Flashcards in 510-2 Deck (45):
How long is embryonic development?
When does fetal development occur?
What is the ampulla?
Region of the Fallopian tube where fertilization occurs (12-24hrs)
What is ovulation?
When an oocyte is released from an ovary and swept into the Fallopian tube by ciliated epithelia. Each ovary ovulates every other month.
What is follicle stimulating hormone (FSH)?
Stimulated the follicle to grow. This hormone is often used to treat women with infertility issues because it stimulates the growth and production of multiple oocytes.
What is the corona radiata?
The first layer of protection that a sperm must break through.
What is the zona pellucida?
The second layer the sperm must break through. This layer is like an shell composed of glycoproteins.
What is the acrosome?
Vesicle in the tip of the sperm that has digestive enzymes used to break down the zona pellucida (acrosome reaction)
What is polyspermy?
When more than one sperm fertilizes an egg. This results in zygot death because of the mismatched chromosomes (69).
What are the 3 stages of oocyte penetration?
Stage 1: sperm penetrates corona radiata
Stage 2: acrosome reaction as sperm breaks through zona pellucida
Stage 3: sperm breaks through oocyte membrane and loses its own membrane triggering the zona reaction
What is the zona reaction?
When a sperm penetrates the oocyte membrane a calcium mediated change in the zona pellucida prevents other sperm from fertilizing the egg.
What is a zygote?
A fertilized egg (12-24 hrs)
What is pluripotency?
Early stage cells can differentiate into a variety of things but lose the potential to differentiate with each cell division because the environment changes (especially after compaction during the 8 to 16 cell transition)
What is a blastomere?
A cell in the 2, 4, 8, or 16 cell zygote
What is a morula?
Solid ball of blastomeres. Forms around the 4th day when the zygote is entering the uterus.
What is compaction?
Occurs during the 8 to 16 cell transition when cells make tight and gap junctions.
What is paracrine?
Substance produced by one cell that affects another cell (endocrine= paracrine that travels in the blood)
What is autocrine?
Substance produced by a cell that affects itself
What is a blastocyst?
A blastocyst draws fluid into its blastocele and two layers of cells result: trophoblast and embryoblast. This occurs around 4.5 days.
What is an embryoblast?
Layer in the blastocyst that will give rise to the embryo
What is the trophoblast?
Outside layer of the blastocyst that will give rise to the placenta
What are the 3 layers of the uterus?
1.) perimetrium- thin outer membrane
2.) myometrium- muscular middle layer
3.) endometrium- vascular middle layer with mucous glands
What is implantation?
Growth of the trophoblast into the endometrium (penetrates basement membrane). Usually happens around 6th day
What is the syncytiotrophoblast?
Outer layer of the trophoblast with vague cell boarders to aid in blood transfer between mother and fetus
What is the cytotrophoblast?
Inner layer of trophoblast composed of large single cells
What are the two layers of the embryoblast?
Epiblast (will form the embryo) and Hypoblast (will form the yolk sac)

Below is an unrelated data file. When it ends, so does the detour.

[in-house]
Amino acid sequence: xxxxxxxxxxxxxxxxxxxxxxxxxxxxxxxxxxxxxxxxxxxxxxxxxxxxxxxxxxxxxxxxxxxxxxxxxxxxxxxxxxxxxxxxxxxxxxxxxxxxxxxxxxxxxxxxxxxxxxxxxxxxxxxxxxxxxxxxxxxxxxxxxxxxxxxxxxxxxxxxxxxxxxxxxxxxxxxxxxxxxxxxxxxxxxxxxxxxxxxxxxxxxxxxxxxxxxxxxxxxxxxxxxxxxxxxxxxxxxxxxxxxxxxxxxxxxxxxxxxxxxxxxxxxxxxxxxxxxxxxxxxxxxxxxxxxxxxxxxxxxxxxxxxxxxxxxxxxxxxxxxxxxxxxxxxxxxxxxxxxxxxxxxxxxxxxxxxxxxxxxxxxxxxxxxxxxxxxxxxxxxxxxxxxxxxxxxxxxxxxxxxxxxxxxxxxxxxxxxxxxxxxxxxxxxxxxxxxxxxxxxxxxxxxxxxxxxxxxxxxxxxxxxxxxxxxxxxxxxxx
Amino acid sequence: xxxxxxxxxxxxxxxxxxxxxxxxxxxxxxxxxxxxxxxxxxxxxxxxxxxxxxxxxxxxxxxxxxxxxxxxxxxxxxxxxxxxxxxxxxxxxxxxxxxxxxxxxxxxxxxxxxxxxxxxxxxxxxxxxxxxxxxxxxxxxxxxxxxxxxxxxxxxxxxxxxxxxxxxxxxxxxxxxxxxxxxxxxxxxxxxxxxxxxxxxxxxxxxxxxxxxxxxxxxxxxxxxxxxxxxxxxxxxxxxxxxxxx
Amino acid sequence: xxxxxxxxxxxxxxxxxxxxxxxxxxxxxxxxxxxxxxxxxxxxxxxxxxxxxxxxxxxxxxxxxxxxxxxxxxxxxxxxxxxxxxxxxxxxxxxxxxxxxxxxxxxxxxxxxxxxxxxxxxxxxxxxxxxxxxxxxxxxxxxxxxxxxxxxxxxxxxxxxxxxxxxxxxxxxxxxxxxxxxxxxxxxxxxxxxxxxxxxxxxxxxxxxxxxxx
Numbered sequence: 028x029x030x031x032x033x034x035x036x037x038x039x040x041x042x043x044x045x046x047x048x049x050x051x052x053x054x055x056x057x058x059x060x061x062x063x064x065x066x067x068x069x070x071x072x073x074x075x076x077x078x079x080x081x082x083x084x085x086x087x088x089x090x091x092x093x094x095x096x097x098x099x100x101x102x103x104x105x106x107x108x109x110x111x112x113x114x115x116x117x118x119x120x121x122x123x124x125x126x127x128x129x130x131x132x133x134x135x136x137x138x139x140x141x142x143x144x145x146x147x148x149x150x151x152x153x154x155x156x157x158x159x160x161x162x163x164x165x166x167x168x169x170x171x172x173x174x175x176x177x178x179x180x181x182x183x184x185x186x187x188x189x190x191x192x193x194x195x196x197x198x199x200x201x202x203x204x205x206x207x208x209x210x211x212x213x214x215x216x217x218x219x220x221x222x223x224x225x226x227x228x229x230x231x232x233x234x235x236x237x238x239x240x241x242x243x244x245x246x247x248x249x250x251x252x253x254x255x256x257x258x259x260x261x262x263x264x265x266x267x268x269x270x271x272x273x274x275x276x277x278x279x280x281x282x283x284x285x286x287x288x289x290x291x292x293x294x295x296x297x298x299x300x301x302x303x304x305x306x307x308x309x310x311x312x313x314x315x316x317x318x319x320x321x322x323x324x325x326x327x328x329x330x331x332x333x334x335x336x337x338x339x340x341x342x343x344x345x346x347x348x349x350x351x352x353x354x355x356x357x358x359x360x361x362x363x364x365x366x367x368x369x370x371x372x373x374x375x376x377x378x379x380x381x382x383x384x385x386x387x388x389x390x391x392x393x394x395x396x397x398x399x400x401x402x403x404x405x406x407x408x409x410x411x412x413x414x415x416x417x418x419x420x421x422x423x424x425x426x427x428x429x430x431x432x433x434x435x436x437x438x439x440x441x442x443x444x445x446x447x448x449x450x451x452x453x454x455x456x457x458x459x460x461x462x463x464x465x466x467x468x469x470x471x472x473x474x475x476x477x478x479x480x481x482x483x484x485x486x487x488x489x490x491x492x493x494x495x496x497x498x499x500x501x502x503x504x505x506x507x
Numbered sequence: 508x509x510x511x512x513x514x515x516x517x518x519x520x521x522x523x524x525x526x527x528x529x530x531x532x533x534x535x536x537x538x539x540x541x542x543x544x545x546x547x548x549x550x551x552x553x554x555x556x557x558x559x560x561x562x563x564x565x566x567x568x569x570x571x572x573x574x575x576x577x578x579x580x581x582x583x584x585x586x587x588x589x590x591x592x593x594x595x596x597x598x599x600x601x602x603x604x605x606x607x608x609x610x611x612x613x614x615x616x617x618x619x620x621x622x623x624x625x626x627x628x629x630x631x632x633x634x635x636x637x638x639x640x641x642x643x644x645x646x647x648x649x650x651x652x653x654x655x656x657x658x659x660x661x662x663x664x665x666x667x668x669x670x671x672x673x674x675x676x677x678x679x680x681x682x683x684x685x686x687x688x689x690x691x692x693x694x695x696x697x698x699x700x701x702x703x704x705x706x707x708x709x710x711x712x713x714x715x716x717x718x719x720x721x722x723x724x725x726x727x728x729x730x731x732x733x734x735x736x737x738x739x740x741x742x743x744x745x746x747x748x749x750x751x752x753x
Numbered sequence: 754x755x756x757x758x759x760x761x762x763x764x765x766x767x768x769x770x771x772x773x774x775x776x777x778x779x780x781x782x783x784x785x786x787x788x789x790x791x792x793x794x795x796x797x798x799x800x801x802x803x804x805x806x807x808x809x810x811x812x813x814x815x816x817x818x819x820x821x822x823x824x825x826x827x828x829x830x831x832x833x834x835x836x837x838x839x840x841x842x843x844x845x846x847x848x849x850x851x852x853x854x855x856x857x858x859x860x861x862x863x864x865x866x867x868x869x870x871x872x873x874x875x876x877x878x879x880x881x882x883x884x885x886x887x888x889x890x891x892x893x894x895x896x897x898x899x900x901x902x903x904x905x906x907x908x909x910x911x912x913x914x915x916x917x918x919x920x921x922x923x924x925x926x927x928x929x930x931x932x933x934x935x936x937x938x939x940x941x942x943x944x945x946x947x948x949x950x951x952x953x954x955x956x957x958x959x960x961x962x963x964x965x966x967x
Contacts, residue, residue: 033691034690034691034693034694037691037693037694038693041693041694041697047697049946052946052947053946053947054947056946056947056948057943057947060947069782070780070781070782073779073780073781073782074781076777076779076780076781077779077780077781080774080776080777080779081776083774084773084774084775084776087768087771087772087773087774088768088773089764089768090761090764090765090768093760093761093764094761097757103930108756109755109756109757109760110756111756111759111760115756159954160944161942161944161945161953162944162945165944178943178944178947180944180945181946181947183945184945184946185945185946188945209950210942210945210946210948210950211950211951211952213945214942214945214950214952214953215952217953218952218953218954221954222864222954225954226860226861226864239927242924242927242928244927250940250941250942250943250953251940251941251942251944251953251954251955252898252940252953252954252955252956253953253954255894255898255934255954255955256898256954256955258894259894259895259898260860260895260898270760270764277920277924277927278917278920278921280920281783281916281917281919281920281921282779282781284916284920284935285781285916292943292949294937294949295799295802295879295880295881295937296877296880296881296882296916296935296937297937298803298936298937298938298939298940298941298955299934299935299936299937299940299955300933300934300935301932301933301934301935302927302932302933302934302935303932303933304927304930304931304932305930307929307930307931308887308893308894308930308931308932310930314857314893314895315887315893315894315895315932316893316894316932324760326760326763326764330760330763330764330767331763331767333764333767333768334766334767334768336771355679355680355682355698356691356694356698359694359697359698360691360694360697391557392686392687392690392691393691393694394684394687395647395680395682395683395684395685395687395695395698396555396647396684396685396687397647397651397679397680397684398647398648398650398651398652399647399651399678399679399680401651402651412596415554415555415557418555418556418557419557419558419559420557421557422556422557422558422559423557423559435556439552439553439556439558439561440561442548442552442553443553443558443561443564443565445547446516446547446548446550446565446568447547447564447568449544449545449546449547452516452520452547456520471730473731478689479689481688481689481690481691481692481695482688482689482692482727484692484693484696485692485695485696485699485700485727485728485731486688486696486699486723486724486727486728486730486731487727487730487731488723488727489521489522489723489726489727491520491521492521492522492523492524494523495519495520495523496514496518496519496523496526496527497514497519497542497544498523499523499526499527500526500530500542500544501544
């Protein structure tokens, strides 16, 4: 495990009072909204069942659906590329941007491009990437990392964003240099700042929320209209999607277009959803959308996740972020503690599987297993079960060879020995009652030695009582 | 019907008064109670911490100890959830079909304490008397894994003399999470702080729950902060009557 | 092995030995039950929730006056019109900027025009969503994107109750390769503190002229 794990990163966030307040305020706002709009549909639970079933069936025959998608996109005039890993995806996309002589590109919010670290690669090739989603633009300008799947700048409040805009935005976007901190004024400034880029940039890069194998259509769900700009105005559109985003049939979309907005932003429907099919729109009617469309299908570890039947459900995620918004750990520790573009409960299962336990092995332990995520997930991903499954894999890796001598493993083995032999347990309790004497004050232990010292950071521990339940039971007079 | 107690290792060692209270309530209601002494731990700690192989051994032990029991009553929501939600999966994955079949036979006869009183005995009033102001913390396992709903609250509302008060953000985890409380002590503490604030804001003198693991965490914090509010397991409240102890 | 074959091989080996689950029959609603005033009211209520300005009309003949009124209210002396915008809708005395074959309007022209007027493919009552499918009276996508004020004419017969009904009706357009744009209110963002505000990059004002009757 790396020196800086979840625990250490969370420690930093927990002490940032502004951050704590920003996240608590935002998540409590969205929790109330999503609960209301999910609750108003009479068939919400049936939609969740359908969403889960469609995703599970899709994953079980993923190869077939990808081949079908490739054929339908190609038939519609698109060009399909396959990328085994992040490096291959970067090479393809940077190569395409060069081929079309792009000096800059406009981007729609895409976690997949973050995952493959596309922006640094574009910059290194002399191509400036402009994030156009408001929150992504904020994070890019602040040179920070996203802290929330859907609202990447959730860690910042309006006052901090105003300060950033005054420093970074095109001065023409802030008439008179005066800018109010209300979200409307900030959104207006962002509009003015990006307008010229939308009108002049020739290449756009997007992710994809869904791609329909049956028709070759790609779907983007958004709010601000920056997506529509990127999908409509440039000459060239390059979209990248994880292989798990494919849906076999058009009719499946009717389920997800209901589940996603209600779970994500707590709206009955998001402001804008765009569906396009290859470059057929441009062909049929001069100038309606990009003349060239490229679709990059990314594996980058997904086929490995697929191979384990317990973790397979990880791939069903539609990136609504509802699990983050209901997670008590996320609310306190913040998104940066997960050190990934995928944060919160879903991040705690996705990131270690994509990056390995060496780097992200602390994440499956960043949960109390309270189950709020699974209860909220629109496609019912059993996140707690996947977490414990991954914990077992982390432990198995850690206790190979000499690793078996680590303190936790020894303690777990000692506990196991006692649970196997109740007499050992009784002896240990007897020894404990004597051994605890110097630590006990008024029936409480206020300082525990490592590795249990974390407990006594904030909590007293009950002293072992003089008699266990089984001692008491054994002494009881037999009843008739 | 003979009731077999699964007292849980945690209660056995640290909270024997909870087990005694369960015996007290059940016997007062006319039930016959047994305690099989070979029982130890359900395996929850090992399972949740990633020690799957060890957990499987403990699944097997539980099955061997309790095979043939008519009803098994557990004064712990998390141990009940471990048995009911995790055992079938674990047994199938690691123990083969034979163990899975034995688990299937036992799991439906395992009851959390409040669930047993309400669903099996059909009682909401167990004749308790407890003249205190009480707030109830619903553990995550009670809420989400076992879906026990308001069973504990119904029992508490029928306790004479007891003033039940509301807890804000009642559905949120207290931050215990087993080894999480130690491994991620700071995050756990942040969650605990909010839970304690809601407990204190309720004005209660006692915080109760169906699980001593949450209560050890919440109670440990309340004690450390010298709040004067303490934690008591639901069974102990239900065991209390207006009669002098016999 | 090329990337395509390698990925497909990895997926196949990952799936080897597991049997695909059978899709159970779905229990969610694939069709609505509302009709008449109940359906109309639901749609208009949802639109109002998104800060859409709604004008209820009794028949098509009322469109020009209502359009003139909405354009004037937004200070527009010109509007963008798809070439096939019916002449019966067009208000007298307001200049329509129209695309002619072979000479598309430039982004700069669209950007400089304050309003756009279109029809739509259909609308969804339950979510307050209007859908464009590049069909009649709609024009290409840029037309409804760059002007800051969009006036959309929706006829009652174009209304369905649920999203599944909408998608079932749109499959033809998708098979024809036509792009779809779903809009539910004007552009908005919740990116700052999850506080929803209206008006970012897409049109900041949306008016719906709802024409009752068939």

What is the extra embryonic coelom?
Cavity between the hypoblast and trophoblast that takes in fluid to push yolk sac and trophoblast away from eachother and allows for the chorion to develop
What is the chorion?
Produces human chorionic gonadotropin (hCG) which keeps the corpus luteum alive and producing progesterone and estrogen to keep the uterus pregnant (used in pregnancy detection)
What is gastrulation?
Process of the development of 3 germ layers: ectoderm, mesoderm, and endoderm. Takes place from day 13-19.
What does ectoderm give rise to?
Skin, mouth lining, enamel, nervous system
What does mesoderm give rise to?
Muscle, bone, blood, lymphatic system, spleen, lungs, heart, reproductive system, and excretory system
What does endoderm give rise to?
Lining of the gut, liver, pancreas, bladder, thyroid, parathyroid, and lungs
What is mesenchyme?
Undifferentiated connective tissue
What is the primitive streak?
Extends from the primitive node caudally. Is controlled by the gene nodal. The primitive node cells produces transforming growth factor B and bone morphogenic protein 4 that stimulate mesoderm growth.
What is Fibroblast Growth Factor 8?
Transcription factor that controls the inward migration of cells during gastrulation
What are chordin and noggin?
They are expressed by the primitive node and direct differentiation of the mesoderm into the notochord and somites. Play an important role in establishing anterioposterior axes.
What did the Hans Spemann experiment show us?
Transplanting the dorsal lip of a blastopore onto another embryo organizes the growth of another head
What is goosecoid?
Transciption factor that stimulates chordin to signal for the production of cranial mesoderm. If over expressed can lead to two heads.
What is the notochord?
Created by cells migrating anteriorly from the primitive node. has inductive effects on surrounding tissues.
What is neurulation?
Take place around the 3rd week. Its when the notochord signals the ectoderm to thicken and become neural ectoderm. This neural plate develops a flap and grooves that eventually fold on itself and create a neural tube (CNS)
What are somites?
paired mesoderm on either side of the neural tube that develops into dermis, muscle, tendon, and bone.
What is spina bifida?
When the sacral region of the neural tube doesn't close properly
What is anencephaly?
When the cephalic region of the neural tube doesn't close properly
What is neural crest?
Cells that originate from the ectoderm but are important in a variety of things including formation of dentin and facial cartilage (ex. abnormal NC migration can lead to Treacher Collins Syndroms)